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Nigeria’s Untapped Mineral Wealth at Risk from Insecurity and Weak Laws

Experts discuss the challenges and opportunities of developing the mining sector in Nigeria

by Motoni Olodun

Nigeria has vast mineral resources that could boost its economy and create jobs, but they are largely untapped due to insecurity and poor regulation, experts said on Tuesday.

At the BusinessDay Solid Minerals Conference in Abuja, stakeholders in the sector discussed the challenges and opportunities of developing the mining industry, which currently contributes less than 1% to the country’s gross domestic product (GDP).

Kayode Falasinnu, the chief executive officer of Ava Capital Group, said that investors need assurance that their investments are safe and that the rules will not change arbitrarily. He also stressed the importance of engaging with local communities and protecting the environment from mining activities.

“Investors need the assurance that rules won’t change in the middle of the game. And what we’ve seen so far is we have not seen strong prospects. What we have seen is that most mining activities are carried out without the regulatory authorities knowing and without enforcing the rules, so we need an enhanced regulatory system,” he said.

He added that when communities feel exploited, they may resort to violence, which could disrupt mining operations and deter potential investors.

Nigeria has over 40 different types of minerals spread across the country, which could serve as alternatives to the dominant oil and gas sector. According to the World Bank, the mining industry has the potential to contribute up to 10% of the GDP by 2025.

However, the sector faces many challenges, such as illegal mining, lack of infrastructure, funding, skilled labor, and technology. The government has been trying to revive the sector through various reforms and initiatives, such as the Mining Act of 2007, the Roadmap for the Growth and Development of the Nigerian Mining Industry in 2016, and the Presidential Artisanal Gold Mining Development Initiative in 2020.

Malami Uba Sa’idu, the president of the Nigeria Geological Society, said that the sector also suffers from a human capacity gap, as many trained miners have left the profession or the country. He said that there is a need for professional accreditation, competence, and standards in the sector.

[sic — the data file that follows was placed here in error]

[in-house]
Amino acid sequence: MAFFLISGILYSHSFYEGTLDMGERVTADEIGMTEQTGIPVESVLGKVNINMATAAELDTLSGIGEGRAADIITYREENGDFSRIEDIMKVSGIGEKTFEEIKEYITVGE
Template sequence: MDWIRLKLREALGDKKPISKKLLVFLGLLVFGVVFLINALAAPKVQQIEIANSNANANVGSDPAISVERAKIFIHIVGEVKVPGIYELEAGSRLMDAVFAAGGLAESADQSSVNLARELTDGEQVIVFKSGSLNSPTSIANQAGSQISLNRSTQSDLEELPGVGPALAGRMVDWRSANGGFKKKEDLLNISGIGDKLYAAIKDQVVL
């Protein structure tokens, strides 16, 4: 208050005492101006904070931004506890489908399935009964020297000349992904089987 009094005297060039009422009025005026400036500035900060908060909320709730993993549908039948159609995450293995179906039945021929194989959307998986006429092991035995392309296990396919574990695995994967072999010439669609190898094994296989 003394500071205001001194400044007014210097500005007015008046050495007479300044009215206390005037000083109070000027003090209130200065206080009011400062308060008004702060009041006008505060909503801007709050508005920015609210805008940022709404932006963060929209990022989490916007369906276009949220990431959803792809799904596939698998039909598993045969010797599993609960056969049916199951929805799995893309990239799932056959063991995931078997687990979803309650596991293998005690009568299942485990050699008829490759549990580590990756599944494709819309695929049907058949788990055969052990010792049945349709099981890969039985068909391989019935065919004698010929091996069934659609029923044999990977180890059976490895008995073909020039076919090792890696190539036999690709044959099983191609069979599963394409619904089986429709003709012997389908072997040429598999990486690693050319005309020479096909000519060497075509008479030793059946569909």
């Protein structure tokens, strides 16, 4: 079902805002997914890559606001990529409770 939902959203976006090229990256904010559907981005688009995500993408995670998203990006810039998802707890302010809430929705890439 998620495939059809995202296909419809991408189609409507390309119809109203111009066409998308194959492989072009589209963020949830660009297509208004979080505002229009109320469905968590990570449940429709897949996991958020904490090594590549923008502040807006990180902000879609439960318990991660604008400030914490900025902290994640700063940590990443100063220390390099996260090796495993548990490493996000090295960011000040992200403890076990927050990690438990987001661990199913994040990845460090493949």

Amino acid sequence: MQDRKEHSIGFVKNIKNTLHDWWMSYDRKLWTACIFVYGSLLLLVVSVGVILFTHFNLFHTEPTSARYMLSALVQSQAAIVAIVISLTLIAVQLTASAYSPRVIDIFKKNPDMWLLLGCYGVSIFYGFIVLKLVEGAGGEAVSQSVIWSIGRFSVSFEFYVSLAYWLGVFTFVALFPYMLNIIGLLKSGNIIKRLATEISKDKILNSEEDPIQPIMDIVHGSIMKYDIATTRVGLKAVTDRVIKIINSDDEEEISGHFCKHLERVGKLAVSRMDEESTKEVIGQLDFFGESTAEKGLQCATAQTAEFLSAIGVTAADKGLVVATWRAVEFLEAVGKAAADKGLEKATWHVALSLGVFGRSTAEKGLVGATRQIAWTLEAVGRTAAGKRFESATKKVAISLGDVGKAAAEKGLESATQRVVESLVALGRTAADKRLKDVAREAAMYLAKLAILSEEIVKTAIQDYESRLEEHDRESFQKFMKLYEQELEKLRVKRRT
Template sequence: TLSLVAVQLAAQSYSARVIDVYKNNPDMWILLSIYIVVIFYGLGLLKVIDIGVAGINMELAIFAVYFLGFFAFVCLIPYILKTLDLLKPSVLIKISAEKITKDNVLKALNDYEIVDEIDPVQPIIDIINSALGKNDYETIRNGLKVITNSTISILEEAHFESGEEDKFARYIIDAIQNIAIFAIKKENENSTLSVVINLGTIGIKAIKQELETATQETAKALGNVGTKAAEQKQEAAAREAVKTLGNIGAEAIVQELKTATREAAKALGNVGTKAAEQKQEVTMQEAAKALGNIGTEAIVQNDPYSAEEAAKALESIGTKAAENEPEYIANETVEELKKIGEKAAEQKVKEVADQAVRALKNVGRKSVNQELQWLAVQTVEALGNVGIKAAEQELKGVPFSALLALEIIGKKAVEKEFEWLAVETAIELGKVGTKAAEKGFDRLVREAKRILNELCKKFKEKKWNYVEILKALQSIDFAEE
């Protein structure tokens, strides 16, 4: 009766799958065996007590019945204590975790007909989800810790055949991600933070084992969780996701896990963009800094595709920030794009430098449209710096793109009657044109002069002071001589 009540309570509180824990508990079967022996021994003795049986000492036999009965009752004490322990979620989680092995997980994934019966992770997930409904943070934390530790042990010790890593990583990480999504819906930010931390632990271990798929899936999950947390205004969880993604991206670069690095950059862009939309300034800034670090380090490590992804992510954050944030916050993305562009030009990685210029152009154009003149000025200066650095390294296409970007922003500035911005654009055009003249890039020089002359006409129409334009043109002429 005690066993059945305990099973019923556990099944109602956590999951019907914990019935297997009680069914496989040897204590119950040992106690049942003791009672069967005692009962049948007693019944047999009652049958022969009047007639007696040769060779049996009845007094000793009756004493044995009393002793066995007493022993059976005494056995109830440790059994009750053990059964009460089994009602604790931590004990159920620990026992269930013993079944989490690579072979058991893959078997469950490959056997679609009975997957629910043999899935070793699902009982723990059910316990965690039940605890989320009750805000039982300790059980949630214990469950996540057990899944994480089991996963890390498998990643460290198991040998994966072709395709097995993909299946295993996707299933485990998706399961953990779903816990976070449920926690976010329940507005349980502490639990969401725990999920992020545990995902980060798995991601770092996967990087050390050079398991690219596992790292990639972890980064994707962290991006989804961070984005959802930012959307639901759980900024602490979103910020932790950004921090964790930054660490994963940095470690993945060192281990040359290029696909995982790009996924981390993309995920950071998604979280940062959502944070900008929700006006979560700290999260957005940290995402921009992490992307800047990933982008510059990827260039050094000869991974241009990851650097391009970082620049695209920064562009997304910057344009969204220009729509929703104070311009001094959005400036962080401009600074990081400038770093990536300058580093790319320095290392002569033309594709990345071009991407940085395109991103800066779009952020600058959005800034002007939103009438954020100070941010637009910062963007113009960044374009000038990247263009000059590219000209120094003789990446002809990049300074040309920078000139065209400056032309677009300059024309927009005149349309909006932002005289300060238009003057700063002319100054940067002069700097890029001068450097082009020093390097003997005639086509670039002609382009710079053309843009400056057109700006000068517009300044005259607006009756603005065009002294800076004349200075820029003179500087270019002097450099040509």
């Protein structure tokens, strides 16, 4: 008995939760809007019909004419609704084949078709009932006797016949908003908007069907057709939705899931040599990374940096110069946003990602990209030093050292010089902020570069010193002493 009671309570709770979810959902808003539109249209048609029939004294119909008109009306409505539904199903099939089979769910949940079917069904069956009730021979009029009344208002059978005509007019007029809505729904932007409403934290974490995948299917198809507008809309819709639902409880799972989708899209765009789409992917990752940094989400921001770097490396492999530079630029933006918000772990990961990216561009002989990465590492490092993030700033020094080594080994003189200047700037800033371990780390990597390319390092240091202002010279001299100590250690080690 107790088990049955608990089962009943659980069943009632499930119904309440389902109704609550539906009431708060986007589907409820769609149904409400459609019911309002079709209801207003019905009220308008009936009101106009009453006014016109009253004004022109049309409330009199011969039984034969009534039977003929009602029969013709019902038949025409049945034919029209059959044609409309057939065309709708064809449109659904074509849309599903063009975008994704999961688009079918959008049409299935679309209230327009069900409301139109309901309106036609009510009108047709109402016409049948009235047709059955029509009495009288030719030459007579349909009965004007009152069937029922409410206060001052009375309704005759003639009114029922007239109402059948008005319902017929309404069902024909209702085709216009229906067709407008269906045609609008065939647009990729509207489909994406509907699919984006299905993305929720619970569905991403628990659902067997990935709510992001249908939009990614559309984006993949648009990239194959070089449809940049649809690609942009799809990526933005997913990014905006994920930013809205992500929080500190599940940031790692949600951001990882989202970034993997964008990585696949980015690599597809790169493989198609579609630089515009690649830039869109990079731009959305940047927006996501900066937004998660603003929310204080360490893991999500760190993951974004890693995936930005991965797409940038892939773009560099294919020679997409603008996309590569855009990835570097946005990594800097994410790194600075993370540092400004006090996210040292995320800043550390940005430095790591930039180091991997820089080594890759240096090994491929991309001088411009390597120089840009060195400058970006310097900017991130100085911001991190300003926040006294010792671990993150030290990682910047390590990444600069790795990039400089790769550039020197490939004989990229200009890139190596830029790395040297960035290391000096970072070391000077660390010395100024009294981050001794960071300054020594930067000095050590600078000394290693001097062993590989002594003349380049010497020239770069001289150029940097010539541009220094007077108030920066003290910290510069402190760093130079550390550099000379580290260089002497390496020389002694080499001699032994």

“There are institutions and exams for accreditations, for competence, there are standards and templates for importing minerals that are acceptable and have the integrity to pass the test this financial institution,” he said.

Amina Sijuwade, counsel at ADVOCAAT Law Practice, said that the sector needs more reforms that could scale up regulations, capacity building, and community development. She also said that there is a need for devolution of powers and benefits of the mining activities to state and local government levels.

“The problem in government has always been poor implementation of policies. And for the mining sector, it is currently underregulated, and many of the players do not have the capacity required,” she said.

Nigeria is not the only African country that is struggling to harness its mineral wealth. According to the African Mining Vision, a policy framework adopted by the African Union in 2009, Africa is endowed with about 30% of the world’s mineral resources, but it remains one of the poorest and least developed regions in the world.

The vision aims to promote a transparent, equitable, and sustainable exploitation of mineral resources that contributes to the socio-economic development of the continent. However, progress has been slow and uneven, as many countries face similar challenges as Nigeria, such as insecurity, corruption, environmental degradation, and social conflicts.

Despite these challenges, some experts remain optimistic that the mining sector can be a catalyst for economic transformation and diversification in Nigeria and Africa if properly managed and regulated.

Dr. Olumide Ayodele, the managing partner of Stears Business, said that the sector has the potential to create linkages with other sectors, such as manufacturing, agriculture, and services, and to generate revenues for the government and the people.

He said that the key to unlocking this potential is to have a clear vision, strategy, and governance framework that aligns the interests of all stakeholders, including the government, the private sector, civil society, and the communities.

“We need to have a vision of what we want to achieve with the mining sector, and then we need to have a strategy of how we are going to achieve it, and then we need to have a governance framework that ensures that everyone is on the same page and that there is accountability and transparency,” he said.

Source: BusinessDay


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